Thank you to Simon & Schuster Canada and NetGalley for letting me read an early copy of this book in exchange for an honest review.
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“The Homecoming”, is a gripping psychological mystery and quite an intriguing puzzle that unravels before our eyes. 

This is a weird story and a scary one indeed. It recounts how with their mother the Quinlans’ siblings are asked to travel to a vast remote property to hear the reading of their father’s will. There is one condition: to inherit the fortune they must stay at the estate for one month without contact with the outside world. They soon find out that the people they knew all your life have suddenly become strangers.

The 2/3 of the book reminded me of Agatha Christie’s story where she plunges people in the middle of nowhere and kills them one by one. But what differences Mr. Pype’s macabre story from those written by Ms. Christie: we do not have an equivalent of a Ms. Maple nor an Inspector Poirot to save the day. Instead we have sightings, strange happenings, lots of blood and very scary moments for the characters to endure. 

This is an original horror scenario with a straightforward prose with a focus on plot and dialogue. Gripping in most part especially when the family discovers that each member has more secrets that they ever imagined and fear settles in…. This family drama turns out to be a chilling dystopian nightmare. 

Mr. Pyper is a gifted storyteller with a penchant for the super creepy. He has once again concocted a darkly entrancing tale and has filled it with outstanding players.
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Review of The Homecoming by 
Andrew Pyper
This not the kind of book that I would normally choose to read but I enjoyed it anyway. The author is a good writer and his prose flows flawlessly easily drawing you into the book before you know it. It captures your attention immediately and holds it making you want to read to the end to see what will happen and why.
The book is supposed to be a psychological thriller and it is, albeit unlike any I have read. Initially it seemed to be a gothic supernatural tale but is really is a deep, dark and carefully crafted story of an extended dysfunctional family influenced by macabre events resulting in psychological twists and turns. Readers soon find that they must suspend disbelief to some degree as they encounter never ending suspense and await some new and probably dreadful event to occur.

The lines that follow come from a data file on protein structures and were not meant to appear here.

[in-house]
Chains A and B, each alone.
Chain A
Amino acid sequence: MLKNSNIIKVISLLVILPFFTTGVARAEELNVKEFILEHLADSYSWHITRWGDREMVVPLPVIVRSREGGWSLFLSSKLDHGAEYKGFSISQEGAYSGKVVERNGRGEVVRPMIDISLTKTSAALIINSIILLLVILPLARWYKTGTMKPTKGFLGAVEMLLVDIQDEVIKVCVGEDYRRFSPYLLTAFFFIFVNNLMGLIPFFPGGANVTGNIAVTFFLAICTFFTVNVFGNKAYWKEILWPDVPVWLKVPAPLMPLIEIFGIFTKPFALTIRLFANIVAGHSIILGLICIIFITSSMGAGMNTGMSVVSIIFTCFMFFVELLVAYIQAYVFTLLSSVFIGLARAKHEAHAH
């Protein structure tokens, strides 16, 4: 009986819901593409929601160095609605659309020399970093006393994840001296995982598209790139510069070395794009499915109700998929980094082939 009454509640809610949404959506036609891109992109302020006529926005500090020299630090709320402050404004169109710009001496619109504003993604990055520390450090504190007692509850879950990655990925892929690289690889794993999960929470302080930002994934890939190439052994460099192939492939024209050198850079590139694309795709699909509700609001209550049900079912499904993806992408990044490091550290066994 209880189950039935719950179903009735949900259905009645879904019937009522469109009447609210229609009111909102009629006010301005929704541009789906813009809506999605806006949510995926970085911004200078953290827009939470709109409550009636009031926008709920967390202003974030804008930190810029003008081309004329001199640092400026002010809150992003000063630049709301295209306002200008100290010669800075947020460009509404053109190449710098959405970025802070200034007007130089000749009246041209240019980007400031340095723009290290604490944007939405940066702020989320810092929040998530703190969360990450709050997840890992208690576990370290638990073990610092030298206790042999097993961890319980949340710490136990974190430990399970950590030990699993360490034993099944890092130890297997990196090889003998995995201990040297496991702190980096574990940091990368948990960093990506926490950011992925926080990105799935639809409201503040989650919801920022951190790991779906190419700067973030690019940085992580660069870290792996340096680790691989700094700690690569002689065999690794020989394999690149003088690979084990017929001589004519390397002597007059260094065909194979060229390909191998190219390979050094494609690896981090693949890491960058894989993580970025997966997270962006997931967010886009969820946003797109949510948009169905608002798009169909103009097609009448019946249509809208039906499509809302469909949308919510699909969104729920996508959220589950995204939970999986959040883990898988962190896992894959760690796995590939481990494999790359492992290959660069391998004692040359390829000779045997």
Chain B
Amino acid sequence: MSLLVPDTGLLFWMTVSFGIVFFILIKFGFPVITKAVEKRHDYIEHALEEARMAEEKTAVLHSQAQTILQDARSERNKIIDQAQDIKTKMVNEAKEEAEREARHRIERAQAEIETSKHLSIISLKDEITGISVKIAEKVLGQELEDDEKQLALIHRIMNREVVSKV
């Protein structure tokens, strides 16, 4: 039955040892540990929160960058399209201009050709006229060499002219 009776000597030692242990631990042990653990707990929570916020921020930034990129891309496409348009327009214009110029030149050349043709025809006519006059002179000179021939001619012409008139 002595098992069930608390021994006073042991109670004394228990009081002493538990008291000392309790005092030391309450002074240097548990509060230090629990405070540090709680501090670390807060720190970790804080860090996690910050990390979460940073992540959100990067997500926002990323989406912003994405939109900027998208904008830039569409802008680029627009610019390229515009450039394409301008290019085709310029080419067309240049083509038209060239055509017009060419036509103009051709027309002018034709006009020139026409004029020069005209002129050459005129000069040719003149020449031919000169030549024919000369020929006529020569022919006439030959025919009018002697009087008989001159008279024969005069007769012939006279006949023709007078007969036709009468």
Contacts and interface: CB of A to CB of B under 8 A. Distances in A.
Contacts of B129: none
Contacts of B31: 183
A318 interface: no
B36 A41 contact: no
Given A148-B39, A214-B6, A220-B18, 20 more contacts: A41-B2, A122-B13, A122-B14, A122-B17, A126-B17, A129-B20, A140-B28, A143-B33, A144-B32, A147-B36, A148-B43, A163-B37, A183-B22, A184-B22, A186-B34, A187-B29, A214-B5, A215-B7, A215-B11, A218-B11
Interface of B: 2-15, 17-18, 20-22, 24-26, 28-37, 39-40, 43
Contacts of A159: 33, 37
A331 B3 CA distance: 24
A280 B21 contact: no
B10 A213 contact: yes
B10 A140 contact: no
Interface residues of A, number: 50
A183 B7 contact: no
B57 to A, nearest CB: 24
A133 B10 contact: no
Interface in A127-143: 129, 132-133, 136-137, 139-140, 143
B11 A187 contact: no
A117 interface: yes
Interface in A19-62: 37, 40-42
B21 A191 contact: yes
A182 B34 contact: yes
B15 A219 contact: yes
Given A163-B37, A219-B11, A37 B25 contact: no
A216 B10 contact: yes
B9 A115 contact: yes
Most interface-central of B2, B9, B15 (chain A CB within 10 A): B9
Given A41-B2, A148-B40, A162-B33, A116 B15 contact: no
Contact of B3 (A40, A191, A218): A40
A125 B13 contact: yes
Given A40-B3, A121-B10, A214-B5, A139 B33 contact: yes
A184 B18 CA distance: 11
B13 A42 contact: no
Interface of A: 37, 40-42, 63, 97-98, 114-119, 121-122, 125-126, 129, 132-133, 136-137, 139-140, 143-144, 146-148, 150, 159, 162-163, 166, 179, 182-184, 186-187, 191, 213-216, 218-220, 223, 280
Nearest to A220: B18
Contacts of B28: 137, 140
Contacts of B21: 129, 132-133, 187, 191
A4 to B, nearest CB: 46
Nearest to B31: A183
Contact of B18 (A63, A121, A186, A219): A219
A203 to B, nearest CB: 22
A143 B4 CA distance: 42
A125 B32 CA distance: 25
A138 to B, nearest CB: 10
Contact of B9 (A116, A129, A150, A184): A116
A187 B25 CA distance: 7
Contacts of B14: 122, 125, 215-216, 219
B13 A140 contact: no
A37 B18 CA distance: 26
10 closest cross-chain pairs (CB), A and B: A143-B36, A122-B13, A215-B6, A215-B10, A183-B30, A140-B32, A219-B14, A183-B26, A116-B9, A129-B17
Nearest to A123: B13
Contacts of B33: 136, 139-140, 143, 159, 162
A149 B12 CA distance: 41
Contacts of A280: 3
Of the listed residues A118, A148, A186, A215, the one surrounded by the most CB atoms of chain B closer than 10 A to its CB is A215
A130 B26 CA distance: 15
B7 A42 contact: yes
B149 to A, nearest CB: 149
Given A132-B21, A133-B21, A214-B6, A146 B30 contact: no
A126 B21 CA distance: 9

There is an abundance of strange and mysterious happenings and the disclosure of formerly unknown family secrets. Initially what seemed to be a teasing taste of the supernatural turned out to be anything but and the twisted reasons and reality is finally revealed. It is a tasteful telling of family interventions, characters acting like a family but not being one.
This is a story of secrecy practiced to perfection, introspection and self-discovery overlaid by sociopathic manipulation. One’s interest never flags and the conclusion is unexpected but satisfying. 
I was happy to discover this author and will look forward to more of his works.
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Thanks to Simon & Schuster and NetGalley for the opportunity to preview this book. It was a little too strange for  my liking. Only "OK."
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I received a DIGITAL Advance Reader Copy of this book from #NetGalley in exchange for an honest review.  
From the publisher, as I do not regurgitate the contents or story of books in reviews, I let them do it.
Bestselling author Andrew Pyper returns with a riveting psychological thriller about how the people you’ve known your whole life can suddenly become strangers.

What if everything you knew about the people you loved was a lie?

After the death of their absentee father, Aaron and Bridge Quinlan travel to a vast rainforest property in the Pacific Northwest to hear the reading of his will. There, they meet up with their mother and troubled sister, Franny, and are shocked to discover the will’s terms: in order to claim their inheritance, they must all remain at the estate for thirty days without any contact with the outside world. Despite their concerns, they agree.

The Quinlans soon come to learn their family has more secrets than they ever imagined—revelations that at first inspire curiosity, then fear. Why does Bridge have faint memories of the estate? Why did their father want them to be sequestered there together? And what is out there they feel pulling them into the dark heart of the woods?

The Homecoming is at once a gripping mystery, a chilling exploration of how our memories can both define and betray us, and a riveting page-turner that will have you questioning your very existence.
What a creepy book: do not read it at night if you are alone ... it completely freaked me out. This book is a master class in mystery writing: it sucks you in, spins you all over the place and then spits you out. It was gobsmackingly awesome: I have never read any books by Mr. Pyper but I will be going and reading his other novels now. With the lights on. 
If you love scary thrilling mysteries, this is the book for you: it deserves five shiny stars: 🌟 🌟 🌟 🌟 🌟